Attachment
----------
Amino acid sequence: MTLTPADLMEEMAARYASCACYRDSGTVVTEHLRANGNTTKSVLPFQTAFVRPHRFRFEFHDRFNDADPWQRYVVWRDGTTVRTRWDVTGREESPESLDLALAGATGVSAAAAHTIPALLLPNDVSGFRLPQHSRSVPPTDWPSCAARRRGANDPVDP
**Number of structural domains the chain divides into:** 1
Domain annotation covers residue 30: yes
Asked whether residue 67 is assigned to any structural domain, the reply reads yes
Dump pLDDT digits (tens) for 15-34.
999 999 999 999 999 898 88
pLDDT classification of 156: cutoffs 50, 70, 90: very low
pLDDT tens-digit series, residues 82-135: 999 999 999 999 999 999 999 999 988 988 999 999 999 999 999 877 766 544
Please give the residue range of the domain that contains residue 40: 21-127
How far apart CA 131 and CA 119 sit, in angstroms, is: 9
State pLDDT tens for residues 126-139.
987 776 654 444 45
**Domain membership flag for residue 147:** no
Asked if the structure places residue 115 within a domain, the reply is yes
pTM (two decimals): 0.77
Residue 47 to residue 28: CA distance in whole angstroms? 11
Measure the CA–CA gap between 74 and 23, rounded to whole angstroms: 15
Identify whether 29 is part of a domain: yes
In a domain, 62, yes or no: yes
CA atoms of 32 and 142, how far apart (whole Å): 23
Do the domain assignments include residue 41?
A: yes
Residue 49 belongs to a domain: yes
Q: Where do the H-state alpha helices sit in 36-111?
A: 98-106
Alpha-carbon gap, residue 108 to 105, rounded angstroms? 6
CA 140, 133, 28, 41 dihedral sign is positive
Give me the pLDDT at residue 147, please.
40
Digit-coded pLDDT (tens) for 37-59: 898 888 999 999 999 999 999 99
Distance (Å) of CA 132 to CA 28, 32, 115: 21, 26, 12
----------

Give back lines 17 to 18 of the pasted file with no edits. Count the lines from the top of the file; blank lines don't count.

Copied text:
Measure the CA–CA gap between 74 and 23, rounded to whole angstroms: 15
Identify whether 29 is part of a domain: yes